Brilliant or annoying?

When the film "The Blair Witch Project" came out in 1999, it became fodder not only for movie reviewers, but for academics who churned out journal articles with titles such as "Trespass into Temptation: Gendered Imagination and 'The Blair Witch Project.'"

Mark Z. Danielewski's 2000 novel "House of Leaves" — which just popped up in the new books section of the Ashland library — follows photojournalist Will Navidson, who has made a documentary film about his eerie new house and its otherworldly ability to warp space. In the novel, a reclusive academic type, Zampano, then writes hundreds of pages of critical analysis about Navidson's film.

Like the real film "The Blair Witch Project," Danielewski imagines that the film about the house (which is described only through Zampano's writings) has spawned an industry of academics to dissect it. Zampano frequently references the critiques of these academics in the text and footnotes of his own dissertation-style analysis.

Now, why would anyone want to slog through "House of Leaves," a 709-page novel written in an academic style, complete with footnotes, appendices and an index?

I asked myself that the many times I put the book down in annoyance. But I came back to it and eventually finished it because the writing is actually good, and filled with interesting details from disciplines that vary from physics to mythology.

In one section, Zampano goes from a tale about Echo, a beautiful mountain nymph from Greek mythology, to a discussion of how a person must be at least 56.5 feet away from a solid surface in order to hear his or her voice come back as an echo. That's because when the sound wave bounces back, there must be at least a 50 millisecond gap between the time a person yelled and the return of the sound for the human ear to distinguish between the two sounds. The long discussion of the subject of echoes bears spine-tingling fruit when Zampano writes that Navidson's children's voices produce echoes when they are playing in the house, even though none of the rooms come close to approaching 56.5 feet in length.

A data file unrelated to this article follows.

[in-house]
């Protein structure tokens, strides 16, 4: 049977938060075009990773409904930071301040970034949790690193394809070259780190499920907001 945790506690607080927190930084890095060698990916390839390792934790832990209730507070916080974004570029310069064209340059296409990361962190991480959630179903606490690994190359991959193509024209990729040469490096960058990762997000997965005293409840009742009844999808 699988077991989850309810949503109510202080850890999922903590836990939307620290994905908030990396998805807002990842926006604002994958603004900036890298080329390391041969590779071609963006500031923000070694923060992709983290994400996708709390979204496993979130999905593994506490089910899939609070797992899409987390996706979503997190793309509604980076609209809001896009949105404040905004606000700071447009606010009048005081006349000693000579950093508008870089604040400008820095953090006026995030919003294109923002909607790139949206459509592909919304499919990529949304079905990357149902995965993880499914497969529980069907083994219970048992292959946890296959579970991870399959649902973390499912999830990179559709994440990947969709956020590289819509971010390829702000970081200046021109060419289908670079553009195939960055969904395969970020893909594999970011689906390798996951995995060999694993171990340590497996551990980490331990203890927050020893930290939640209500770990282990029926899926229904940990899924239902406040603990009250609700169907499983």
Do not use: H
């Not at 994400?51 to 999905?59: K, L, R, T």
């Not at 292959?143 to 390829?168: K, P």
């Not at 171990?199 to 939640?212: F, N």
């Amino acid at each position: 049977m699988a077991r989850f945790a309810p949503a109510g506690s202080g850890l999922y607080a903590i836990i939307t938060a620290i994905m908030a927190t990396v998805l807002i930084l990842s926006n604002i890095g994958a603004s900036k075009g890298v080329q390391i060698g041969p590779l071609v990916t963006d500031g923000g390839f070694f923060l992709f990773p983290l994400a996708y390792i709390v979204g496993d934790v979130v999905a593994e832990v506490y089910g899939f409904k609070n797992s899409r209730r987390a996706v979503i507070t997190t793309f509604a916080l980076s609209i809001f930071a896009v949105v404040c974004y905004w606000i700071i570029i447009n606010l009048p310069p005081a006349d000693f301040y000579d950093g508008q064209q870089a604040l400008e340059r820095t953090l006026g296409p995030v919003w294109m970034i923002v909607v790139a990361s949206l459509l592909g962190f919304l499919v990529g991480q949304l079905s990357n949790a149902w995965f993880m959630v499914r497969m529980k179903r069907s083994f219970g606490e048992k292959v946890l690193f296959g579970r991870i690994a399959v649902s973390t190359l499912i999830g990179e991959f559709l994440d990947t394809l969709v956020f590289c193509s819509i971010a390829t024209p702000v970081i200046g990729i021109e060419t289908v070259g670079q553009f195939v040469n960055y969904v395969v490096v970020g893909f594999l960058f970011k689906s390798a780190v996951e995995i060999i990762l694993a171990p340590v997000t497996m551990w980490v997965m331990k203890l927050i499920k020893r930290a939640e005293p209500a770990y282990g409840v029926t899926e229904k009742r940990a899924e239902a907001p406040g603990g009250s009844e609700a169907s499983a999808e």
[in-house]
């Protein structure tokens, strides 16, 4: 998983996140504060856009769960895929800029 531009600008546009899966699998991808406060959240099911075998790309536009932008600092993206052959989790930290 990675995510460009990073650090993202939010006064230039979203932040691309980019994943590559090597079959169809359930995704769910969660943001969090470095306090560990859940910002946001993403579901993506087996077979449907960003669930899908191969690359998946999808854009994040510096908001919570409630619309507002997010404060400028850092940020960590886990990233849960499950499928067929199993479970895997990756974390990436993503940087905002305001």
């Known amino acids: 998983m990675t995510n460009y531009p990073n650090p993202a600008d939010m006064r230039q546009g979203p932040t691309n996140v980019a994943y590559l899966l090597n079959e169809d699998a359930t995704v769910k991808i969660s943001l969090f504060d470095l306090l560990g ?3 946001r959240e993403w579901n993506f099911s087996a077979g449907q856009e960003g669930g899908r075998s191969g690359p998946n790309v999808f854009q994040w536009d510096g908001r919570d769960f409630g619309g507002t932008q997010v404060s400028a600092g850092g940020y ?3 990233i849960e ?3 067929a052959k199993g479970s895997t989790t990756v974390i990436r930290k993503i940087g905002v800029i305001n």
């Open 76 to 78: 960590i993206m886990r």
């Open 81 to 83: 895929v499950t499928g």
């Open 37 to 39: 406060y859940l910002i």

Later, Navidson descends a lightless spiral staircase in the house, but then it stretches into a vast, unknown length when he reaches its end. People who are waiting for him at the top of the staircase drop a coin into the darkness but can't hear it hit bottom. More than 50 minutes later, the coin falls near Navidson's feet.

Without all the academic accoutrements, "House of Leaves" could have been a fairly short story about a frightening house that manages to kill people through shifts in space. That by itself is fairly cerebral, so why all the extras? It's easy to imagine Danielewski, an obviously talented writer who studied English literature at Yale and did graduate work in cinema and television studies, forced into the mold of writing term papers in the dense, screw-the-reader style favored by academia.

(I confess to devouring piles of books on postmodern philosophy and art criticism during college, then cranking out my own deep, murky papers. It wasn't until I read William Zinsser's classic "On Writing Well" that I began to appreciate the virtues of brevity and clarity.)

"House of Leaves" parrots academic writing and even makes fun of it at times with absurdly intellectual and mind-numbingly long footnotes. Danielewski has absorbed that style and then risen above it through Zampano's writings, which are dense but also engaging.

Predictably, in an example of life imitating art that imitates life, the novel "House of Leaves" has itself become the subject of journal articles, with titles that include "Blueprint(s): Rubric for a Deconstructed Age in 'House of Leaves'" and "What Has Made Me? Locating Mother in the Textual Labyrinth of Mark Z. Danielewski's 'House of Leaves.'"

Reach reporter Vickie Aldous at 541-479-8199 or

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